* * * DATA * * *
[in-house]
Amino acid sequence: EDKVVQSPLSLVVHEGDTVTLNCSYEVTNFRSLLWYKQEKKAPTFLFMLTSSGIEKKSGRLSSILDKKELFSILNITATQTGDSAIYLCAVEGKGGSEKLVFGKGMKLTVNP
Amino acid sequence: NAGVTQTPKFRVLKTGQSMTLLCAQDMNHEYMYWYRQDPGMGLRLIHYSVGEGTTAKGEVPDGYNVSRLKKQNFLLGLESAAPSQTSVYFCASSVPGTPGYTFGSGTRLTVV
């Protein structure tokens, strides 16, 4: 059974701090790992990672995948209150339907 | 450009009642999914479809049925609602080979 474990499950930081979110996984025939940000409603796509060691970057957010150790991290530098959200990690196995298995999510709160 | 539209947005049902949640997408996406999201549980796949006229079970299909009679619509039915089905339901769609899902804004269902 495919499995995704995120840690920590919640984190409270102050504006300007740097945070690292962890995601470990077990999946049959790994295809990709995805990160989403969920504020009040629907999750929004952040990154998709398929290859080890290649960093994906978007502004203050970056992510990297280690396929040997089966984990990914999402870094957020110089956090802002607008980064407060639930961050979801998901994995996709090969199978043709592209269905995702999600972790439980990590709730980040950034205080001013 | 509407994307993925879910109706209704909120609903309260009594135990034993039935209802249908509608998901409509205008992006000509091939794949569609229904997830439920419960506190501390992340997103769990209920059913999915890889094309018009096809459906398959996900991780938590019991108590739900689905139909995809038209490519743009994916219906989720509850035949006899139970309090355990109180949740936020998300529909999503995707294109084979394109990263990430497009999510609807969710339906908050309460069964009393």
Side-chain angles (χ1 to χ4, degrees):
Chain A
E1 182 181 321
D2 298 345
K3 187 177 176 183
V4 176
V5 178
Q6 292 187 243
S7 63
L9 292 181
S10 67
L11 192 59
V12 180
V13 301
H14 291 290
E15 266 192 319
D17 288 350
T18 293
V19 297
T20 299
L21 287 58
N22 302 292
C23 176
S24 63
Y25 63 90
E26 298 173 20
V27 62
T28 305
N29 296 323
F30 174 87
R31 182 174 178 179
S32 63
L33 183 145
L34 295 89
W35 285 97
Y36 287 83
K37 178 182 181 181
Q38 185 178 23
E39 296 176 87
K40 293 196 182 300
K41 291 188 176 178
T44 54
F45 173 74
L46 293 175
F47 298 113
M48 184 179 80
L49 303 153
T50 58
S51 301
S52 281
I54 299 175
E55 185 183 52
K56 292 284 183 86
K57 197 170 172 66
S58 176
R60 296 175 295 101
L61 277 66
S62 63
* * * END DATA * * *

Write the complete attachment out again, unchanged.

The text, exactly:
[in-house]
Amino acid sequence: EDKVVQSPLSLVVHEGDTVTLNCSYEVTNFRSLLWYKQEKKAPTFLFMLTSSGIEKKSGRLSSILDKKELFSILNITATQTGDSAIYLCAVEGKGGSEKLVFGKGMKLTVNP
Amino acid sequence: NAGVTQTPKFRVLKTGQSMTLLCAQDMNHEYMYWYRQDPGMGLRLIHYSVGEGTTAKGEVPDGYNVSRLKKQNFLLGLESAAPSQTSVYFCASSVPGTPGYTFGSGTRLTVV
């Protein structure tokens, strides 16, 4: 059974701090790992990672995948209150339907 | 450009009642999914479809049925609602080979 474990499950930081979110996984025939940000409603796509060691970057957010150790991290530098959200990690196995298995999510709160 | 539209947005049902949640997408996406999201549980796949006229079970299909009679619509039915089905339901769609899902804004269902 495919499995995704995120840690920590919640984190409270102050504006300007740097945070690292962890995601470990077990999946049959790994295809990709995805990160989403969920504020009040629907999750929004952040990154998709398929290859080890290649960093994906978007502004203050970056992510990297280690396929040997089966984990990914999402870094957020110089956090802002607008980064407060639930961050979801998901994995996709090969199978043709592209269905995702999600972790439980990590709730980040950034205080001013 | 509407994307993925879910109706209704909120609903309260009594135990034993039935209802249908509608998901409509205008992006000509091939794949569609229904997830439920419960506190501390992340997103769990209920059913999915890889094309018009096809459906398959996900991780938590019991108590739900689905139909995809038209490519743009994916219906989720509850035949006899139970309090355990109180949740936020998300529909999503995707294109084979394109990263990430497009999510609807969710339906908050309460069964009393």
Side-chain angles (χ1 to χ4, degrees):
Chain A
E1 182 181 321
D2 298 345
K3 187 177 176 183
V4 176
V5 178
Q6 292 187 243
S7 63
L9 292 181
S10 67
L11 192 59
V12 180
V13 301
H14 291 290
E15 266 192 319
D17 288 350
T18 293
V19 297
T20 299
L21 287 58
N22 302 292
C23 176
S24 63
Y25 63 90
E26 298 173 20
V27 62
T28 305
N29 296 323
F30 174 87
R31 182 174 178 179
S32 63
L33 183 145
L34 295 89
W35 285 97
Y36 287 83
K37 178 182 181 181
Q38 185 178 23
E39 296 176 87
K40 293 196 182 300
K41 291 188 176 178
T44 54
F45 173 74
L46 293 175
F47 298 113
M48 184 179 80
L49 303 153
T50 58
S51 301
S52 281
I54 299 175
E55 185 183 52
K56 292 284 183 86
K57 197 170 172 66
S58 176
R60 296 175 295 101
L61 277 66
S62 63